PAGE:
Kashmir houseboats I've seen. How is Sukoon different? Sukoon has raised the houseboat experience on Dal Lake, in Srinagar, the capital of India's Kashmir region, to a higher level of style and comfort. It's the first luxury houseboat in Kashmir, the first with air conditioning and the first with a bio-tank that treats waste instead of pumping it raw into the lake. Its other great feature is the wooden sundeck (above far right). Some other houseboats have a small space on top, with a few plastic chairs scattered around, but Sukoon's wooden deck is an altogether superior affair, and perfect for dining, sunbathing or just lazing around on with a pot of golden kahwa, Kashmiri tea made from saffron and cardamom, while enjoying a 360 degree view of the lake. Colourful shikaras (gondolas) glide past under blue skies and, in the distance, woodland climbs towards the great Zabarwan hills, which surround Dal Lake.
What's it like on the inside? Kashmiri houseboats are usually done up with chintzy furnishings and old-fashioned furniture. The bathrooms are often shabby. Sukoon looks like a boutique hotel; its four rooms and one suite are luxuriously furnished and come with pine flooring and modern bathrooms. The owner, Altaf Chapri, has retained features that showcase local craftsmanship; the carved cedar panelling on the walls and ceilings is exquisite. The common living room (above right) is furnished with plush sofas, a flat-screen television, a crystal chandelier and handwoven Kashmiri carpets. The bright colours of the cushions contrast with the wood panelling to lend a contemporary feel. The front veranda is another cosy spot with views of the lake.
And what might you see from that veranda? Life as it's lived on the water: children going to school in shikaras; housewives paddling canoes to visit relatives; office workers returning home; students paddling with one oar while adjusting their iPod; groceries being delivered.
Are Kashmir and Srinagar all they're cracked up to be? India's Mughal emperors loved the mountains and cool breezes of Kashmir, and they knew a thing or two about beauty. One of them, Jehangir, pronounced famously of Kashmir: "If there is paradise on Earth, it is here, it is here, it is here." He would have approved of the boat's name; sukoon is a Sufi term denoting a state of mind that combines peace, wisdom and contentment. Moreover, Srinagar is relatively safe. Tourists, including foreigners, have begun to return after the recent troubles.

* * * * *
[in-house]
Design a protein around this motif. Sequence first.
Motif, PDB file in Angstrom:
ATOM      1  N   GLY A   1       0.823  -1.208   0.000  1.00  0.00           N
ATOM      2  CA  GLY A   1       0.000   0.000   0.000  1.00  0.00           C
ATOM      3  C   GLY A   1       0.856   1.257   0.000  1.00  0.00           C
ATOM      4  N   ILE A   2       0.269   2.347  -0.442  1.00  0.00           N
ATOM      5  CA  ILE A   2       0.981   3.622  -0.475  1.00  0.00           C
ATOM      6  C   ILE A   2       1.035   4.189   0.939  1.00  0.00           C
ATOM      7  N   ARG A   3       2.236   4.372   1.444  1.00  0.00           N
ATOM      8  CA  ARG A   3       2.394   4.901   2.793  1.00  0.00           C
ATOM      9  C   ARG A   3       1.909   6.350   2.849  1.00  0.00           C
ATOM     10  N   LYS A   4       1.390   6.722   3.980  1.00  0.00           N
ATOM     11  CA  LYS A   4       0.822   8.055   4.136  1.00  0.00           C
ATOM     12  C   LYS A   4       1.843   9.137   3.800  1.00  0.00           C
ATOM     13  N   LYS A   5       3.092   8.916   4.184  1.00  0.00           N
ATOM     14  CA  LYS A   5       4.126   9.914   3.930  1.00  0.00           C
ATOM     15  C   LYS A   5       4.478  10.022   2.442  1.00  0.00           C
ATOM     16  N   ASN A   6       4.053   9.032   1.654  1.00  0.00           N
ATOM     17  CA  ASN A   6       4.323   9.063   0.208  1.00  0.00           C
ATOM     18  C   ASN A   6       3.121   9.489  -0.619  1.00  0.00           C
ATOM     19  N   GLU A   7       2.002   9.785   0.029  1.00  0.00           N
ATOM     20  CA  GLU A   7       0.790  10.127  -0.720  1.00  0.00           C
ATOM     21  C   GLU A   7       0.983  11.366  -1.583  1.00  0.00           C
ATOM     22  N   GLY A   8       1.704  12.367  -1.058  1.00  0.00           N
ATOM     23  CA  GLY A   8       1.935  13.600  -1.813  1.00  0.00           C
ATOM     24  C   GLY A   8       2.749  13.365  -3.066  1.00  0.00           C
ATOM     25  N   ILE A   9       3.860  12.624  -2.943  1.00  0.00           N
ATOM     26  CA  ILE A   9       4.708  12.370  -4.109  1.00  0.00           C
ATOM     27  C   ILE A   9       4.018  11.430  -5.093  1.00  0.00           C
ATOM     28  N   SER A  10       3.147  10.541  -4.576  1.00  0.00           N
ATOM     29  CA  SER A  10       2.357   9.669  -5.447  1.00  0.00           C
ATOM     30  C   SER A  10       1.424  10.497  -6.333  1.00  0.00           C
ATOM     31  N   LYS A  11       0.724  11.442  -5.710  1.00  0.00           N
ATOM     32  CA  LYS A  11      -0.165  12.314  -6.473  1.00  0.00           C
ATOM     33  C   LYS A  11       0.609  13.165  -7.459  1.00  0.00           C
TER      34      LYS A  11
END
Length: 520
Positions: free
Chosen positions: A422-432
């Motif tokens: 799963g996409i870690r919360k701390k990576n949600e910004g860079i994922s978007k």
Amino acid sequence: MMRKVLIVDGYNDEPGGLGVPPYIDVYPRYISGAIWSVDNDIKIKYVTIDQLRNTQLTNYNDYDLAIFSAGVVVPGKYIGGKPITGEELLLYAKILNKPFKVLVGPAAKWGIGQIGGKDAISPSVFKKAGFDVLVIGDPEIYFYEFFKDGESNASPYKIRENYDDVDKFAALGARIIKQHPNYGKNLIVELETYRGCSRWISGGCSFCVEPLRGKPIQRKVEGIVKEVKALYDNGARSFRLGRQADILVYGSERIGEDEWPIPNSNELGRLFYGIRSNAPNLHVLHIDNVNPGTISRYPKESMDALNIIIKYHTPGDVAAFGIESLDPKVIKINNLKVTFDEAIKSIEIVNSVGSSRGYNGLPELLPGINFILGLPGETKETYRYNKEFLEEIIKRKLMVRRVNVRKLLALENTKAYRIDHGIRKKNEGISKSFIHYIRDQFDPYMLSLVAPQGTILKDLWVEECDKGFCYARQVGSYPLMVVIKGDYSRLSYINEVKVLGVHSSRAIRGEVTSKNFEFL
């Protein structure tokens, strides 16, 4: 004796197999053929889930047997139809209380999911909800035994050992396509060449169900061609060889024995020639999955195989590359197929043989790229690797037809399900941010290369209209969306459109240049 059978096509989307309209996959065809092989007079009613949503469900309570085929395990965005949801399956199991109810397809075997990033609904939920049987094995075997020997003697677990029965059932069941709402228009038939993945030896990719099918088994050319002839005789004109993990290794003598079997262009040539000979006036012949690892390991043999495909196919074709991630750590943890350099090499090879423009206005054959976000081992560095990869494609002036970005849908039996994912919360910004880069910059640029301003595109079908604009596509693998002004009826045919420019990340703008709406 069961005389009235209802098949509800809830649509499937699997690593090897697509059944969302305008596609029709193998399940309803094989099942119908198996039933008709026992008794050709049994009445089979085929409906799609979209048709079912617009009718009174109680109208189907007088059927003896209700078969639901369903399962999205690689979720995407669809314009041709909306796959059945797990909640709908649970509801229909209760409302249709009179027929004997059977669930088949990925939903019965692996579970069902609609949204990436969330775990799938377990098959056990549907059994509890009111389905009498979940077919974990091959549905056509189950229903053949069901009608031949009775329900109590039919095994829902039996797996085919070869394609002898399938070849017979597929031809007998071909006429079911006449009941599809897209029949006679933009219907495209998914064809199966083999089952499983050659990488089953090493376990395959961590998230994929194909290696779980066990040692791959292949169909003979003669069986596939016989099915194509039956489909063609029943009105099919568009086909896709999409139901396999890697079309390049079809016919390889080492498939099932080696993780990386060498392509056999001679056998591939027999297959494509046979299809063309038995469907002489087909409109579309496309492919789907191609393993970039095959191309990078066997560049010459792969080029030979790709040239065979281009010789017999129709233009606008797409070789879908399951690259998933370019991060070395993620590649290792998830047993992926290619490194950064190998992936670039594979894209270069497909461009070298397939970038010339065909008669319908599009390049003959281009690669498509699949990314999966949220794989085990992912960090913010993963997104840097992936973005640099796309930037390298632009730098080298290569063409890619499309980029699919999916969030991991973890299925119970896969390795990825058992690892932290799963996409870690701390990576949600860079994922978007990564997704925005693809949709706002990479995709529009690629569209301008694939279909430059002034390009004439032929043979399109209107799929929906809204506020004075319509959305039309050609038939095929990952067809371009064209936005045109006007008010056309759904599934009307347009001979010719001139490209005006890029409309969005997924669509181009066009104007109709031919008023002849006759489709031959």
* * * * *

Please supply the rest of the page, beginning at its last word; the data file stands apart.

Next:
What's the food onboard like? Hmm, it's so-so. The chef has been brought in from the owner's other resort, Kerala's Neeleshwar Hermitage. His Keralan dishes are no doubt very good but it seems he hasn't quite mastered Kashmiri cuisine yet. Not that the dishes are bad, but they're certainly not up to the standard of famous Srinagar restaurants Ahdoos and Broadway. Other regional Indian cuisine and continental food is served. Another small grouse: the portions are not huge - fortunately so, perhaps, for that bio-tank.
Can you see more of the lake? Certainly. Shikaras are designed in such a way that you recline until you are almost horizontal. Then a magical ride on the serene lake begins, through floating vegetable gardens, vast expanses of lotus flowers and tall grasses full of birds. On the main part of the lake, men are likely to glide up in shikaras and open large tin chests full of local craftwork. If you are not interested in buying, say so and they will paddle away. Could there be a more pleasant way to shop?
We've relaxed on the deck and taken a shikara ride. What's next? One visits Kashmir to enjoy the landscape and unwind, not run around sightseeing or nightclubbing. That said, visitors do walk or trek in the hills; visit the Jama Masjid (the main mosque), in the Old City, and Hindu temples; buy saffron and other spices in Lal Chowk market; shop for handicrafts (Kashmir's are probably the best in India); visit the romantic gardens created by the Mughals; and take taxis up to the ancient Mughal terraced Pari Mahal ("palace of fairies"), which offers fantastic views of the valley.
What's the bottom line? Sukoon is reasonably priced, at US$130 a night for double occupancy, US$118 for single occupancy and US$165 for the suite. That includes breakfast, dinner, afternoon tea and the 10-minute lake crossing in a shikara from the shore to the houseboat.
For more details, go to www.sukoonkashmir.com